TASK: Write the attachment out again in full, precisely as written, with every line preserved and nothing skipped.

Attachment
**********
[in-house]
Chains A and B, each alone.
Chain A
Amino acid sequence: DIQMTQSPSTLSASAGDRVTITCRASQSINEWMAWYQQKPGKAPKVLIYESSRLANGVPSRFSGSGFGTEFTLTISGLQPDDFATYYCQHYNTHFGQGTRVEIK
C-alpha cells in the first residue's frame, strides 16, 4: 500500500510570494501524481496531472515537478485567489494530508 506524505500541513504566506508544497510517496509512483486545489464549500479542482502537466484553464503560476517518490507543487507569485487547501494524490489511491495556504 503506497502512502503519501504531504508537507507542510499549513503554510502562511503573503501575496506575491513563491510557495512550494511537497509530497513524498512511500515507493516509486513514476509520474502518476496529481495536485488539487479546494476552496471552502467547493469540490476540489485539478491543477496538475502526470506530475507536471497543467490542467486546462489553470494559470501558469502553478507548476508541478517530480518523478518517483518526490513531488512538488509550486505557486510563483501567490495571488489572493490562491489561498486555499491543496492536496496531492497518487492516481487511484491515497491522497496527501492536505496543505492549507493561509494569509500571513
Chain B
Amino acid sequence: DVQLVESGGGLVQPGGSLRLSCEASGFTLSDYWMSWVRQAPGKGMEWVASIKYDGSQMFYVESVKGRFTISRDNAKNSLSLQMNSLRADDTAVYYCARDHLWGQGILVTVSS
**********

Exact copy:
[in-house]
Chains A and B, each alone.
Chain A
Amino acid sequence: DIQMTQSPSTLSASAGDRVTITCRASQSINEWMAWYQQKPGKAPKVLIYESSRLANGVPSRFSGSGFGTEFTLTISGLQPDDFATYYCQHYNTHFGQGTRVEIK
C-alpha cells in the first residue's frame, strides 16, 4: 500500500510570494501524481496531472515537478485567489494530508 506524505500541513504566506508544497510517496509512483486545489464549500479542482502537466484553464503560476517518490507543487507569485487547501494524490489511491495556504 503506497502512502503519501504531504508537507507542510499549513503554510502562511503573503501575496506575491513563491510557495512550494511537497509530497513524498512511500515507493516509486513514476509520474502518476496529481495536485488539487479546494476552496471552502467547493469540490476540489485539478491543477496538475502526470506530475507536471497543467490542467486546462489553470494559470501558469502553478507548476508541478517530480518523478518517483518526490513531488512538488509550486505557486510563483501567490495571488489572493490562491489561498486555499491543496492536496496531492497518487492516481487511484491515497491522497496527501492536505496543505492549507493561509494569509500571513
Chain B
Amino acid sequence: DVQLVESGGGLVQPGGSLRLSCEASGFTLSDYWMSWVRQAPGKGMEWVASIKYDGSQMFYVESVKGRFTISRDNAKNSLSLQMNSLRADDTAVYYCARDHLWGQGILVTVSS